THE HEALING TREE • by Nate Ellis

The autumn’s morning fog has thinned to steam by the time Roland Adder’s rusted-out-red pick-up reaches the grove’s edge, dilapidated horse trailer in tow. Beneath swaying skeleton-finger branches, maple and oak leaves crackle under his bowlegged gait as he plods his way around the truck to the trailer door.

Slipping on a pair of crusted sheepskin gloves, a movement in the trees catches his eye. A slight figure with arms out and face to the sky spins delicately in the sunlight breaking through, coming to rest as a cloud passes over. It can only be her.

With a warm smile and blue eyes fixed on him, she glides slowly to the truck and leans against the passenger side, her long hair and yellow sundress untouched by time or the persistent wind.  

His weathered visage tightening at the spectacle of her youth, Roland unlatches the trailer door, removing a set of curtains she hung in their ranch home some fifteen years ago. She laughs noiselessly; he issues an impatient grunt. Yellow with white flowers, he has hated them with a passion only matched by her determination to see them up.

Roland drags the faded fabric over the leaves and mossy undergrowth to the foot of a squat tree; its red leaves maintaining a full canopy despite the season. A hollow at its base stands as high as his waist. Ignoring the cracking in his knees, he crouches down and slides the curtains inside.

Roland knocks firmly on the trunk two times. The ground rumbles as tangles of exposed roots unravel, wrapping around the curtains like serpents and slowly dragging them below the surface. He averts his eyes, focusing instead on the fine dirt that has settled in the wrinkles of his arms, joining together his spattering of liver spots. The earth is different here; it marks you forever as healed. Her smile greets him as he returns to the trailer; he grabs the next box and tromps off through the grove.

Kneeling at the tree, Roland removes a brass belt buckle from the box labeled “Gifts.” He rubs a bruised thumb lightly over the embossed Adder Ranch logo: a cursive “A” atop a coiled snake. A fixture at his waist for decades, he lays it gently now in the hollow; followed by a pair of boots with leather worked to the softness of cotton. Their predecessors had suited him fine, but she had declared them unfit for a mule. Last is the watch she gave him on his fiftieth birthday. He’d worn it exactly once, to a meeting at the bank when they feared the ranch lost. Knock… knock.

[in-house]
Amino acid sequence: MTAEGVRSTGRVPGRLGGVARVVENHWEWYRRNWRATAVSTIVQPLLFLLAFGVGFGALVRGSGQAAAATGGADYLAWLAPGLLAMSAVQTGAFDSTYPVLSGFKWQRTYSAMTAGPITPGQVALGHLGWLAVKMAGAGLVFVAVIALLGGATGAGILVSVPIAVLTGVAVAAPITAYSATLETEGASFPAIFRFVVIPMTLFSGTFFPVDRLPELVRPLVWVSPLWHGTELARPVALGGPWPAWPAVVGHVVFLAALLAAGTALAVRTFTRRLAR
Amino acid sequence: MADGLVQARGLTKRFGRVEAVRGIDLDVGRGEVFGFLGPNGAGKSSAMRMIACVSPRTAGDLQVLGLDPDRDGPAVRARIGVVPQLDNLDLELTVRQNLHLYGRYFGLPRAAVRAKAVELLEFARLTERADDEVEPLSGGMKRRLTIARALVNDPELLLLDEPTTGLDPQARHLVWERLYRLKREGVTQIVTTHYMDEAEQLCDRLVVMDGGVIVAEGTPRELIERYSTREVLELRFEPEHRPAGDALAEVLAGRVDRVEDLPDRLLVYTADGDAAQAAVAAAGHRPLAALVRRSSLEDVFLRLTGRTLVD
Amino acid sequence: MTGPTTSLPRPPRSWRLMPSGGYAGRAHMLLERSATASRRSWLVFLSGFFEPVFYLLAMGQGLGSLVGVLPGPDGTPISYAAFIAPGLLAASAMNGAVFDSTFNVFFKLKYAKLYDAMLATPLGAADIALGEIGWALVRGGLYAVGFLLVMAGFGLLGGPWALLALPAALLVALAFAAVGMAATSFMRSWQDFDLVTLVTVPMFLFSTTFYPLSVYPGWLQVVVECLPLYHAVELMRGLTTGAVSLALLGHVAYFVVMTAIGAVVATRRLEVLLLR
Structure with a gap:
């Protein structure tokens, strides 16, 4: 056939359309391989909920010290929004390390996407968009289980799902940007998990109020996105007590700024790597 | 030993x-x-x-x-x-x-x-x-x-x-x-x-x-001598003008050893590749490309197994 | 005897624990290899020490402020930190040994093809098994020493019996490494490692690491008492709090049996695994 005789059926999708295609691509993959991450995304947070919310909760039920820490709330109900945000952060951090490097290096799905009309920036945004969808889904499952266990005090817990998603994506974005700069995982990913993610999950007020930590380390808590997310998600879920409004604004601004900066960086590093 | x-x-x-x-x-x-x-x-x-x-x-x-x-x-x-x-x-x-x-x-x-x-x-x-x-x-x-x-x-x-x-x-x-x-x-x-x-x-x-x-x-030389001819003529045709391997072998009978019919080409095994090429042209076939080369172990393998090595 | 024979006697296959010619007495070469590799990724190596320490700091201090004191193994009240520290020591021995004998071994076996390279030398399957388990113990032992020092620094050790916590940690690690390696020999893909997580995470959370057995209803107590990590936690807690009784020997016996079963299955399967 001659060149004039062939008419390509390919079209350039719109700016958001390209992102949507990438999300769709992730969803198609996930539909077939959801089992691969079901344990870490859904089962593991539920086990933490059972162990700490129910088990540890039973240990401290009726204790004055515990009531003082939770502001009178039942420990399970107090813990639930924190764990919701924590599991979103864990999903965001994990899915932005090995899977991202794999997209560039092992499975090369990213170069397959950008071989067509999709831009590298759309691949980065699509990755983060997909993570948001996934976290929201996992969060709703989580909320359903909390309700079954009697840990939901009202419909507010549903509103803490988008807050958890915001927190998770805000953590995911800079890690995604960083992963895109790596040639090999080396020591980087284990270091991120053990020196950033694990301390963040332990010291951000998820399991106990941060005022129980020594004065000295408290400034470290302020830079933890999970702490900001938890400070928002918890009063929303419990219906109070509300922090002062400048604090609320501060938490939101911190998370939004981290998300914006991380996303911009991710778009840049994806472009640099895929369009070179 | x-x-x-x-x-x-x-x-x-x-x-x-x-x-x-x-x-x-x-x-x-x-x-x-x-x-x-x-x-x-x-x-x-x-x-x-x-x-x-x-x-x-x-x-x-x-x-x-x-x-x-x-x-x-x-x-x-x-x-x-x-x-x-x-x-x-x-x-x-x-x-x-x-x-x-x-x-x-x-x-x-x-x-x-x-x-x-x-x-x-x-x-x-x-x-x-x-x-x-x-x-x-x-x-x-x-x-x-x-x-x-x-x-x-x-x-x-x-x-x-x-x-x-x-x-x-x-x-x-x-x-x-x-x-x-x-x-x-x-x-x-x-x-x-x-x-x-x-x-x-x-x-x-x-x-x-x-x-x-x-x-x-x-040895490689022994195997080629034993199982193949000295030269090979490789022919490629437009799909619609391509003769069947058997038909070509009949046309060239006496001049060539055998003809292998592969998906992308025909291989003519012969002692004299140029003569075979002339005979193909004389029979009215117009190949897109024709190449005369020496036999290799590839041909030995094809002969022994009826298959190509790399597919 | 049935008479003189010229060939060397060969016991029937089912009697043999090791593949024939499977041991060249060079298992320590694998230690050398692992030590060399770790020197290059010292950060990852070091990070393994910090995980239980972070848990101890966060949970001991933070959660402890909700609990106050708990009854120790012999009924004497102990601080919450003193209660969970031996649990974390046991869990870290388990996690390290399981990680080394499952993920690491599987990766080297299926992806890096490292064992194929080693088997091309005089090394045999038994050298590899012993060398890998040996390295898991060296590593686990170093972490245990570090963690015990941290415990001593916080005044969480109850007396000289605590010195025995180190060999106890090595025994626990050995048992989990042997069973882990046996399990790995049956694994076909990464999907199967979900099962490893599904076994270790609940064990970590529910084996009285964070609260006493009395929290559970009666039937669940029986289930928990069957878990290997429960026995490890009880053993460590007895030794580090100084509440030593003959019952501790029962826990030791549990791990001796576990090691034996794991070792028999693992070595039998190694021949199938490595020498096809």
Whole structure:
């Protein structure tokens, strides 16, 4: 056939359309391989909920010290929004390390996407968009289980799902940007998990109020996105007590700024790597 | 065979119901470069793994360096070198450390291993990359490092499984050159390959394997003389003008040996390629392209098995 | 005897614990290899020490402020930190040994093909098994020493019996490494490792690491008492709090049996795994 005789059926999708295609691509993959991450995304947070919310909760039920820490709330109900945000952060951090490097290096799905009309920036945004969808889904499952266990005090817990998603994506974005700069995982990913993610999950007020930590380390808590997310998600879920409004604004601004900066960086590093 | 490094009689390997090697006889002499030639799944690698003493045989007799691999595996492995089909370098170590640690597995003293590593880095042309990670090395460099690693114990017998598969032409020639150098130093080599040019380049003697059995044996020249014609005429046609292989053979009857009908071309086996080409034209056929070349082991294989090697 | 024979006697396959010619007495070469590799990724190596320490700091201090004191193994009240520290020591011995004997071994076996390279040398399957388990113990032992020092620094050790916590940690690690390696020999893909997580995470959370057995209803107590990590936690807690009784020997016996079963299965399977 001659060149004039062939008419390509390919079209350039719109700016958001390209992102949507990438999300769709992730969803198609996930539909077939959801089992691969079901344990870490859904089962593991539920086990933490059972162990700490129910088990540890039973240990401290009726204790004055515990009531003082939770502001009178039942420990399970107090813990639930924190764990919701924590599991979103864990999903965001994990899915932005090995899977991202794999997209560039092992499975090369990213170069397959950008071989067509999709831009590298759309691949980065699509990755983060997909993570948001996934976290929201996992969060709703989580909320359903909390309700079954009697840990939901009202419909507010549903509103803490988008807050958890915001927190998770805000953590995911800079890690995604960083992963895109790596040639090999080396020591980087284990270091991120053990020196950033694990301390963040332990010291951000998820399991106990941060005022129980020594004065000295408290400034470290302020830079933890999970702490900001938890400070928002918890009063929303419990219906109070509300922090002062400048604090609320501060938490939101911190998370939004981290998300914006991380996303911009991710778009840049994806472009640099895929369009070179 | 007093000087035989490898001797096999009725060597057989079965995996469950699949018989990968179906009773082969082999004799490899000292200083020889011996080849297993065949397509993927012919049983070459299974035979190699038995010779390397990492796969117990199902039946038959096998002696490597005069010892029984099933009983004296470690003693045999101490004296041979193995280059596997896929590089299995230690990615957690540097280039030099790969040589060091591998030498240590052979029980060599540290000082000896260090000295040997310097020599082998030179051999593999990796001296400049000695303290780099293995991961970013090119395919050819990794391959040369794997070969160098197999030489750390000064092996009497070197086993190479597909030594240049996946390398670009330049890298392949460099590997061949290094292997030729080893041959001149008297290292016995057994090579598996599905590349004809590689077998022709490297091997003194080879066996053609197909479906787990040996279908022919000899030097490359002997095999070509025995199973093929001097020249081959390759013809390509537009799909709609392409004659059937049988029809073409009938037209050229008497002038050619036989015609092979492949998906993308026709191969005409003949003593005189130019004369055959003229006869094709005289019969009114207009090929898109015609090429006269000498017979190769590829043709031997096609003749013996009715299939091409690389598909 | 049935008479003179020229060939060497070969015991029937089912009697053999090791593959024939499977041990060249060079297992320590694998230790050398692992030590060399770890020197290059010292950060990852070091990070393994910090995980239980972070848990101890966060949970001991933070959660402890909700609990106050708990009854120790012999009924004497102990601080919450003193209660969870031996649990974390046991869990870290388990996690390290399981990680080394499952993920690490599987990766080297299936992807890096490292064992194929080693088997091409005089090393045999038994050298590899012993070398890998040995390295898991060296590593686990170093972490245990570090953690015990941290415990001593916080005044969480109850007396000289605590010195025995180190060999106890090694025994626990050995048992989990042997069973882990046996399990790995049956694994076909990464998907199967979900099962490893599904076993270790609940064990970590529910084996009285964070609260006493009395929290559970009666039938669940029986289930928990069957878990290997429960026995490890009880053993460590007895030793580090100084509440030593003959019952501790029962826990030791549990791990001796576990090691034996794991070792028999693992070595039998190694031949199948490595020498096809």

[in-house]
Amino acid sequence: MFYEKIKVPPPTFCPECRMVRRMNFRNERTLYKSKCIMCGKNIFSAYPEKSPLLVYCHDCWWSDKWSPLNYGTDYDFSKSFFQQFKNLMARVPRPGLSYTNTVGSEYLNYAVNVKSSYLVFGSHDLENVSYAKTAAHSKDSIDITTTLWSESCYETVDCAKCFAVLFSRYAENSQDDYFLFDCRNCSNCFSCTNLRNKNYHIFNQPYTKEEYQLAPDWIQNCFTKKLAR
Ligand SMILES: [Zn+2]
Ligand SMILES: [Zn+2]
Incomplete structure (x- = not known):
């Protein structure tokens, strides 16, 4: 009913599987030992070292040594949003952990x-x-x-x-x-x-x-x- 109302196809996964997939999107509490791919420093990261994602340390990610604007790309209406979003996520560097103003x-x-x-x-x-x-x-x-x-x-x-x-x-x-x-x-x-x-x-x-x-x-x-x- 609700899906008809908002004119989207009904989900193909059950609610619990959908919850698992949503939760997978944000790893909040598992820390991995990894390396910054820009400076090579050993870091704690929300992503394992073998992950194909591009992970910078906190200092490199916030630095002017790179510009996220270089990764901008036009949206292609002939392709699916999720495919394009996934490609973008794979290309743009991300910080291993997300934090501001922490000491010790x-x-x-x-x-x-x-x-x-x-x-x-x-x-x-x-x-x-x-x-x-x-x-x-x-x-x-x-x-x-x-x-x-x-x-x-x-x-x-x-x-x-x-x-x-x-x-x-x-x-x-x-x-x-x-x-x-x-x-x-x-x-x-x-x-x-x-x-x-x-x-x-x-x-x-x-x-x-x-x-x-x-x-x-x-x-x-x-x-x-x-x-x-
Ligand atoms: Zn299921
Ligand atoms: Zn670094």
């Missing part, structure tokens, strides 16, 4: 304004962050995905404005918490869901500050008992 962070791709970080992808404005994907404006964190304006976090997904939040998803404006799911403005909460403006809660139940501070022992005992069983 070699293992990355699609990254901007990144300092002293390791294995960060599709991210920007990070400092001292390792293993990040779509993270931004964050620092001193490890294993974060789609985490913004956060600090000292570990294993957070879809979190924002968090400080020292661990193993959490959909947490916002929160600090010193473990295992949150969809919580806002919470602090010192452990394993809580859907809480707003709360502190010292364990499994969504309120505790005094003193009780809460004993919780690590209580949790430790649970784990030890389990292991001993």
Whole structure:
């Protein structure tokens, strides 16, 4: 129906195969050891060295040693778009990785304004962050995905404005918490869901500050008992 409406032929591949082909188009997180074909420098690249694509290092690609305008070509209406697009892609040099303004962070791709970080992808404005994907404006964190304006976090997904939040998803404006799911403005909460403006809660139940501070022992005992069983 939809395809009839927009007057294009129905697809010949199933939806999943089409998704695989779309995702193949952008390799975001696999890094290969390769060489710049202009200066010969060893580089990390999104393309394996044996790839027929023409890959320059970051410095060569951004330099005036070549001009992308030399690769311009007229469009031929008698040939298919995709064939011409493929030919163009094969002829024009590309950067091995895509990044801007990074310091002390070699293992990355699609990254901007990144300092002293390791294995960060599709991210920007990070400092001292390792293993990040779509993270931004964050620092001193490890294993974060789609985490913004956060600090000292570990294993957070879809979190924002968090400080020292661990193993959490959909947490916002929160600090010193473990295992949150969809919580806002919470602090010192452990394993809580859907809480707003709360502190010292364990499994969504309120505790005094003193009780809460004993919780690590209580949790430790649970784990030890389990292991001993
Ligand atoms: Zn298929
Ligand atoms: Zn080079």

The sun is high when Roland drops the last of the boxes labeled “Clothes” at the tree’s feet. Opening it, he finds her sparse collection of jewelry resting on top. He recognizes a few pairs of earrings and bracelets, and a turquoise necklace purchased at an Indian stand off a dirt road. He had haggled over the price doggedly; frustrated, she went to the river to photograph children playing.

Her wedding ring rests in his calloused palm, nothing more than a piece of wire fence he had wound around her finger at the altar of a paint-flaked church. It was an unscheduled stop. He had promised her a gold band once, but she had no need for it. Returning from the tree, Roland can see she’s beginning to fade.

The remnants of her final days fit into a single box. The cancer had hollowed her out; a monumental effort of man and machine kept her shell alive until it too slipped away. The machines are gone now; all that’s left is the bedpan and a mess of medications, ointments, and assorted indignities. At the bottom is the Bible she’d taken to keeping on her nightstand, simply to appease the local pastor who hovered around their home like a scavenger.

In the evening light, Roland struggles under the weight of the final box. Inside, photo albums spill her world freely, their pages’ yellowed film having long ago given up its grip. He stumbles and a single photo flutters out as the box crashes to the grove floor. Hands on his knees to catch his breath, he looks back at the truck; she is barely more than a shadow.

Roland lifts the photo gently from the leaves. In black and white, they dance in the aisle at their wedding. The minister had captured the moment. He and his small family were the only witnesses to their union. He remembers they danced slowly; he awkwardly, she with grace. There was no music, nothing to tell them when or how to stop.

The memory slips from trembling fingers, falling back in the box as Roland chokes on a primal wail — his hunched shoulders shaking. He turns his contorted face to the truck, giving a slight nod. Gripping the box, he continues his determined pilgrimage to the tree. At the hollow, he pushes the last of her in and falls to his knees in exhaustion. Knock… knock.

As the roots finish their work, Roland looks up to the red leaves in the dying light, wondering what grief had driven him to this forsaken place. Feeling a fleeting, phantom pain for losses unknown, he begins his slow amble back, alone.


Nate Ellis lives in St. Paul, MN, with his lovely wife and two devoted hounds. When not busying himself as a senior writer for a PR and marketing agency, he enjoys writing short stories about things that have never been and he hopes never will be.


If you want to keep EDF around, Patreon is the answer.

Rate this story:
 average 3 stars • 24 reader(s) rated this

Every Day Fiction